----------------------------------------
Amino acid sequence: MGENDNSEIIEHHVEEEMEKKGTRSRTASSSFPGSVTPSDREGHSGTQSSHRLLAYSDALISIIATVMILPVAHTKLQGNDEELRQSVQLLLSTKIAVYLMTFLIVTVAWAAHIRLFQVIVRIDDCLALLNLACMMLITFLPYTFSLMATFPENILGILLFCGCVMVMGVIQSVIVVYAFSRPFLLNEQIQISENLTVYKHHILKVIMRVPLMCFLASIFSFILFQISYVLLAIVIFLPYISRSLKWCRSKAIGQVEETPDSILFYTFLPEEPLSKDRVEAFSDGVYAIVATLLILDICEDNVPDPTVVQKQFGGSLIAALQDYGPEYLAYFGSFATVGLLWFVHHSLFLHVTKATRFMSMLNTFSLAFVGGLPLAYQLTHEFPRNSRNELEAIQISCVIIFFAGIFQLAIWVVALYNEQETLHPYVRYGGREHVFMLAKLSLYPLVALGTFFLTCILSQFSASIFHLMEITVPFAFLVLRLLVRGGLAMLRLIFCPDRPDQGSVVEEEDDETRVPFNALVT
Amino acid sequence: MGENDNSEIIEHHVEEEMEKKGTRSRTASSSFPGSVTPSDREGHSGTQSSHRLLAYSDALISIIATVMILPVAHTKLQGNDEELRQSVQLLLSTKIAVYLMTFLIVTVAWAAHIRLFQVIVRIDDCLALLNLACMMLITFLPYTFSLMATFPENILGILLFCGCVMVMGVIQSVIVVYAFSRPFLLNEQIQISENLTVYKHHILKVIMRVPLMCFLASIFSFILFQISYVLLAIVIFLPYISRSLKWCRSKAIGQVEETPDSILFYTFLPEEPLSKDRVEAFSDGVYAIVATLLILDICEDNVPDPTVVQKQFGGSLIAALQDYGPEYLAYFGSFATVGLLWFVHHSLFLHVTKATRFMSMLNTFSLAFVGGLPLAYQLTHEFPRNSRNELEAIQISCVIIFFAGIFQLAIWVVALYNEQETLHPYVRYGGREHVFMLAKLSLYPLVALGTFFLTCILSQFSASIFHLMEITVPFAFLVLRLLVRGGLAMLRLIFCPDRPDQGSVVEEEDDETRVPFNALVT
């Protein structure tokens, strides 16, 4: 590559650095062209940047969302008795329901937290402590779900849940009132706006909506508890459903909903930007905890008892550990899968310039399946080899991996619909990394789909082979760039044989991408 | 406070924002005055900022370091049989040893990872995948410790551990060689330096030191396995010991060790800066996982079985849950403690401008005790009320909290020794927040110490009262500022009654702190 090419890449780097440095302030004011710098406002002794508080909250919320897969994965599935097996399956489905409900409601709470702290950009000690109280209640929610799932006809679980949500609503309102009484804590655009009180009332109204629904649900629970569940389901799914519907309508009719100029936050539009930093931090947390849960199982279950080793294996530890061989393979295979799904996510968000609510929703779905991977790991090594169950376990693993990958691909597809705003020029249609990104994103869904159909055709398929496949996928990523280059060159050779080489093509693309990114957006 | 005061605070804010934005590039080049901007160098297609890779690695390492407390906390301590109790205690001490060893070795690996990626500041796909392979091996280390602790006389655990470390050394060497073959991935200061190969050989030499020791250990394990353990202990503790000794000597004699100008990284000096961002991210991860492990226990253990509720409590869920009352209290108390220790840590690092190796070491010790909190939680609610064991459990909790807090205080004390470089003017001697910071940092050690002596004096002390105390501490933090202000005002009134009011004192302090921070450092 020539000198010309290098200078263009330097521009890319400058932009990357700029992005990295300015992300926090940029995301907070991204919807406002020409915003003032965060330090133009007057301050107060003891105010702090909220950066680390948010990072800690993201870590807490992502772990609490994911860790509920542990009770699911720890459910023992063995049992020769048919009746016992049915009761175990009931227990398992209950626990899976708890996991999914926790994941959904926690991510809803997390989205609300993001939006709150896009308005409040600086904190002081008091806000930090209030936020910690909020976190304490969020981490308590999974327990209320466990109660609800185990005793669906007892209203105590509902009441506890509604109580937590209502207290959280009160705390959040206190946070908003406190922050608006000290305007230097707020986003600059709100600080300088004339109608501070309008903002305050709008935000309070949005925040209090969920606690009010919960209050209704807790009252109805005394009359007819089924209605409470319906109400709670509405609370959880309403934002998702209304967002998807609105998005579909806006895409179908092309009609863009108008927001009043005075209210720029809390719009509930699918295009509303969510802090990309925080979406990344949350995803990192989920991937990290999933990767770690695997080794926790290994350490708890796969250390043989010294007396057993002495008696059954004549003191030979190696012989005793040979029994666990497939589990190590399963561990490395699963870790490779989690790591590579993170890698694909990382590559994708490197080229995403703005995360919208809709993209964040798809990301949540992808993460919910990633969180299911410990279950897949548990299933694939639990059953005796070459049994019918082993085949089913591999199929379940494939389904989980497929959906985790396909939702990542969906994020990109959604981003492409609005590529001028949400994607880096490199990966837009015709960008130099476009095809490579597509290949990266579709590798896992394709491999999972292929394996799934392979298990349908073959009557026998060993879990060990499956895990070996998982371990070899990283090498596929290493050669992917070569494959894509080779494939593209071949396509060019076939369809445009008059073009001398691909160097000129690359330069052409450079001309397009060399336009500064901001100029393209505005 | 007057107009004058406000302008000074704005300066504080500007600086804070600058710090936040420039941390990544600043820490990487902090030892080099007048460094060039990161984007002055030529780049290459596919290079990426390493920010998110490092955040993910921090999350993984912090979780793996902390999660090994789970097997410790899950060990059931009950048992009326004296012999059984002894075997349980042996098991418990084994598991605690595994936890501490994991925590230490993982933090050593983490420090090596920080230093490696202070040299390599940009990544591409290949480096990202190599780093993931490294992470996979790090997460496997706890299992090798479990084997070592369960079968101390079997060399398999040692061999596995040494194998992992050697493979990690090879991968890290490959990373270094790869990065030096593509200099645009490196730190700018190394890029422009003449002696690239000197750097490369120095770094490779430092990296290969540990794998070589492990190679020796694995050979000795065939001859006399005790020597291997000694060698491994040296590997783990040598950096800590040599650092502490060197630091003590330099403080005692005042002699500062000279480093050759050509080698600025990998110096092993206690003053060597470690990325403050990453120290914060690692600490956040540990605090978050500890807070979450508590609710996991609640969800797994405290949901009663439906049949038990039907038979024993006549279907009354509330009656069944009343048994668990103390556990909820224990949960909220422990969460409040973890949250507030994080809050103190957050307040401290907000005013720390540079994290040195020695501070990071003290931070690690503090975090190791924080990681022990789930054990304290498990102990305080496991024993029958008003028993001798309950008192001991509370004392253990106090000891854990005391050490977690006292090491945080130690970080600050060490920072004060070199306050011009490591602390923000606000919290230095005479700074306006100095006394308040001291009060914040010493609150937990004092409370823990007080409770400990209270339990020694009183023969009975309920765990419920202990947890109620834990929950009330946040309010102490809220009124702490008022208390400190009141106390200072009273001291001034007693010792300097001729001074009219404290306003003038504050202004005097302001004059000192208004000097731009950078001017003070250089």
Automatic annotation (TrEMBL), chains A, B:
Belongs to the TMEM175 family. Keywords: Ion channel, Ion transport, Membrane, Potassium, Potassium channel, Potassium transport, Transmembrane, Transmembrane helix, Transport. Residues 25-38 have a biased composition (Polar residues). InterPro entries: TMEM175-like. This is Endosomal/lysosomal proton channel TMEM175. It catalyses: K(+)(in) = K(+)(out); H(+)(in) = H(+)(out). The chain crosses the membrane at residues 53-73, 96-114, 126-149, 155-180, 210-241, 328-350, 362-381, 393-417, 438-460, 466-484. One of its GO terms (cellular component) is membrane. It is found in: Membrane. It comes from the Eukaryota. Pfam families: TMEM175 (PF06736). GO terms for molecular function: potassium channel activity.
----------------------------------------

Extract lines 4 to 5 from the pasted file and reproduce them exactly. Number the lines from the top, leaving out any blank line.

Automatic annotation (TrEMBL), chains A, B:
Belongs to the TMEM175 family. Keywords: Ion channel, Ion transport, Membrane, Potassium, Potassium channel, Potassium transport, Transmembrane, Transmembrane helix, Transport. Residues 25-38 have a biased composition (Polar residues). InterPro entries: TMEM175-like. This is Endosomal/lysosomal proton channel TMEM175. It catalyses: K(+)(in) = K(+)(out); H(+)(in) = H(+)(out). The chain crosses the membrane at residues 53-73, 96-114, 126-149, 155-180, 210-241, 328-350, 362-381, 393-417, 438-460, 466-484. One of its GO terms (cellular component) is membrane. It is found in: Membrane. It comes from the Eukaryota. Pfam families: TMEM175 (PF06736). GO terms for molecular function: potassium channel activity.